Alpha_1 User's Manual

Getting Started with Unix

This document explains how to get started using Alpha_1. Alpha_1 is run on workstations using the Unix operating system plus a few freely available application packages. This document tells you how to get set up to start using Alpha_1 with respect to these packges. In particular there are three applications that will be discussed: Unix C-shell, the X window system, and GNU emacs. Some familiarity with the Unix operating system is assumed in this document.

The Unix Shell

Using Alpha_1 requires some minor modifications to the initialization of your Unix shell (csh or sh derivative). This section will present examples appropriate for the csh.

If you are setting up your system to use in the cadelab, for CS579, there is simular information on how to change your set up on the CS 579 home page, Getting Started, Setting up Dot Files.


First of all you will need to set the environment variable A1ROOT to be the root of the Alpha_1 distribution. At Utah, this is typically /usr/local/apps/alpha1. For example, add this line to your .customs.cshrc file:

	setenv A1ROOT /usr/local/apps/alpha1
In this document we will refer to the root of the Alpha_1 distribution as $A1ROOT. (Consult your system administrator for the location at your site.)

Next, your .customs.cshrc file must contain the following: If you do not already have a .customs.cshrc, then create one.

## add the alpha 1 stuff (if in interactive mode)
if ($?prompt) then
    setenv A1_QUIET yes
    if ( -e $A1ROOT/cmds/set-envars ) then
            source $A1ROOT/cmds/exec-envars
            set path = ( $a1bin $path /usr/local/apps/urt/bin )
            echo ""
            echo "No Alpha_1."

This files sets a few more environment variables for runtime reference.

Note, the "set path "... adds the Alpha_1 binary program directory to your path variable. For convenience, the the exec-envars file sets the environment variable a1bin to the approriate directory ($A1ROOT/bin). The "set path" command sets your path so that your shell will search the Alpha_1 program directory ($a1bin) when you give a command. The form shown above makes sure that whatever you had already set on your path remains.

Unix Man Pages

Alpha_1 provides some brief "man" pages for the Unix online man program. To reference these pages you need to add $A1ROOT/man to your MANPATH environment variable (usually set in your .cshrc or .login file). Use man alpha1 to get started.

The X Window System

Alpha_1 uses the X Window System, the Motif toolkit, and some vendor-specific libraries for interactive graphics. The exec-envars script sets up defaults for Alpha_1 X/Motif programs and no changes are required to your personal X setup.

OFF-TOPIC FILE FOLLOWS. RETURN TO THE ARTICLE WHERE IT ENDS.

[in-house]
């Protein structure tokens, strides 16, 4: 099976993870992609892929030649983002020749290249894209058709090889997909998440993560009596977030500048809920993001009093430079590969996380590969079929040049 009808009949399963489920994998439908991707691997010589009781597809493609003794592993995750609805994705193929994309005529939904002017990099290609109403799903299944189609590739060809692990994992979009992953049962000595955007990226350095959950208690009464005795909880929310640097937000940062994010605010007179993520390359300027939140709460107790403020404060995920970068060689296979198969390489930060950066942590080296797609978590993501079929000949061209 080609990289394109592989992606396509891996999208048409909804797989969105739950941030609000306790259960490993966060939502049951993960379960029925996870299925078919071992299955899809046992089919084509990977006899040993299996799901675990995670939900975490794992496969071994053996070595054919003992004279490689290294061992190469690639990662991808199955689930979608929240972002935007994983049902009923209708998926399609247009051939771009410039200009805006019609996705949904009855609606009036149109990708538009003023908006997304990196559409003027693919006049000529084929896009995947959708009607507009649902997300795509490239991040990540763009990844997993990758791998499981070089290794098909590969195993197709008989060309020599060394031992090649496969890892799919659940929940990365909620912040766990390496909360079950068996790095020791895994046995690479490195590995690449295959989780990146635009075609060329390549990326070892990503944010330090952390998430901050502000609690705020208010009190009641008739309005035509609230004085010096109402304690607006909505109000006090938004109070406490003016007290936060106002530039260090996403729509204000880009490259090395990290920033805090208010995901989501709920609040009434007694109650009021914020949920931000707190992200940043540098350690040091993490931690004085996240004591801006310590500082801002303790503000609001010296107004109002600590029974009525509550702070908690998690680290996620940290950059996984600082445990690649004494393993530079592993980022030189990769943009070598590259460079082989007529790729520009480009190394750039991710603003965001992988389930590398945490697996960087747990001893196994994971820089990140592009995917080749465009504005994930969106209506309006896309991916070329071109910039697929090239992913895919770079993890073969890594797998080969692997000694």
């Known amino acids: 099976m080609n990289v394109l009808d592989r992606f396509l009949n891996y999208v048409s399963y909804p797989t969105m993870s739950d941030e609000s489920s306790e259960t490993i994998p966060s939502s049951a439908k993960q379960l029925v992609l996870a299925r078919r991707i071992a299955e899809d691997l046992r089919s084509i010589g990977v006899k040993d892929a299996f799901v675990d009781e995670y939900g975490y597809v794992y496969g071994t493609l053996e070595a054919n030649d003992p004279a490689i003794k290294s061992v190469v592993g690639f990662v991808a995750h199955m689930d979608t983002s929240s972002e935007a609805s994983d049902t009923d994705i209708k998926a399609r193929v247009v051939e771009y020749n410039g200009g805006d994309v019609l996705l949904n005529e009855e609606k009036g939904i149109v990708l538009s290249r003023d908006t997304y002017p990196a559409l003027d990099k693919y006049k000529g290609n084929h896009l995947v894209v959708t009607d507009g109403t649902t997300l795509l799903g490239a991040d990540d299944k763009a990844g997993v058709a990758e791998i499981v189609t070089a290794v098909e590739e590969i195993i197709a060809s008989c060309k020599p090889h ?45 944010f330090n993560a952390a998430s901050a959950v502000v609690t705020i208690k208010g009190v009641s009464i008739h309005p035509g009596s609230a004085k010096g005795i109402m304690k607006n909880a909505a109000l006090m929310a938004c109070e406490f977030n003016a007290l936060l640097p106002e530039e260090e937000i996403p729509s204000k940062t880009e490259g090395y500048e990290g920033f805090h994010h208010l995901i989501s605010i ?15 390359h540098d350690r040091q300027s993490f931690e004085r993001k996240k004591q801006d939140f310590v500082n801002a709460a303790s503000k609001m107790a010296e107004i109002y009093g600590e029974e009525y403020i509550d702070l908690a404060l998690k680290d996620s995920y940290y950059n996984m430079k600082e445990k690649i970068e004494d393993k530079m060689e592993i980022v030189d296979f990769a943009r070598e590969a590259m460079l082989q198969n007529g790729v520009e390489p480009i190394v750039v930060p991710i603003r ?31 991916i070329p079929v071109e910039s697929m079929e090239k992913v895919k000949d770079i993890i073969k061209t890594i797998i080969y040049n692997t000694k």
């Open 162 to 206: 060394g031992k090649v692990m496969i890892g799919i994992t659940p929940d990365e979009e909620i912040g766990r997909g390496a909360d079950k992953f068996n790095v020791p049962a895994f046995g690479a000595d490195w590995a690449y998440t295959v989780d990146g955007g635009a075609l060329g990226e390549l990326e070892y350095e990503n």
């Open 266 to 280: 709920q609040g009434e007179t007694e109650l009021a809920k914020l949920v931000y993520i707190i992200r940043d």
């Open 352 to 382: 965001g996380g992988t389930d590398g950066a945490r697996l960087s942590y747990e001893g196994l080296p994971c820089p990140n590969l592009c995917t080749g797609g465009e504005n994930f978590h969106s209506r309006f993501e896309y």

You may want to modify the X resources associated with Alpha_1 programs. To do so, see the supplemental document: X/Motif Defaults.

GNU Emacs

An important part of using the Alpha_1 system for serious modeling efforts is an emacs text editor (version 19 recommended), although it is not strictly necessary. Access to c_shape_edit (the central interactive modeling program in Alpha_1), as well as the Unix shell is available from within emacs. Using emacs to access these programs allows simple recording and editing of commands as they are executed, since the text is typed into a buffer and then executed. Emacs has an extensive online help facility which you can access by typing "control-H."

Alpha_1 provides an emacs extention for a modeling mode called scl-mode for the c_shape_edit program. This mode is entered automatically when you visit a file with a ".scl" suffix (shape_edit command language). For a complete description of using c_shape_edit with emacs, see the GNU Emacs SCL Mode document.

In order to use the Alpha_1 emacs extensions, you must modify your personal .emacs file to load them. To do so, add the following lines:

(condition-case ()
    (load (concat (getenv "A1ROOT") "/emacs/a1"))
  (error (message "Can't load a1.el")))
This assumes you have modified your Unix shell setup as described above.

Testing Your Setup

After you have modified your Unix setup files you should log out and log back in to test them. Try the following to test your setup:
csh 1> aprint ray
csh 2> man alpha1
The first command will print the defaults associated with the Alpha_1 ray tracing program ray. The second command should show the overview man page for Alpha_1.

To test the emacs extensions, start emacs and visit an SCL file, test.scl, for example. The mode line should display Scl and there should be an SCL menu (in emacs 19) in the menu bar.

Now see the Alpha_1 Tutorial to try some modeling and graphics in Alpha_1.

Alpha_1 User's Manual Home Page
Alpha_1 User's Manual. Version 98.01.
Copyright © 1998, University of Utah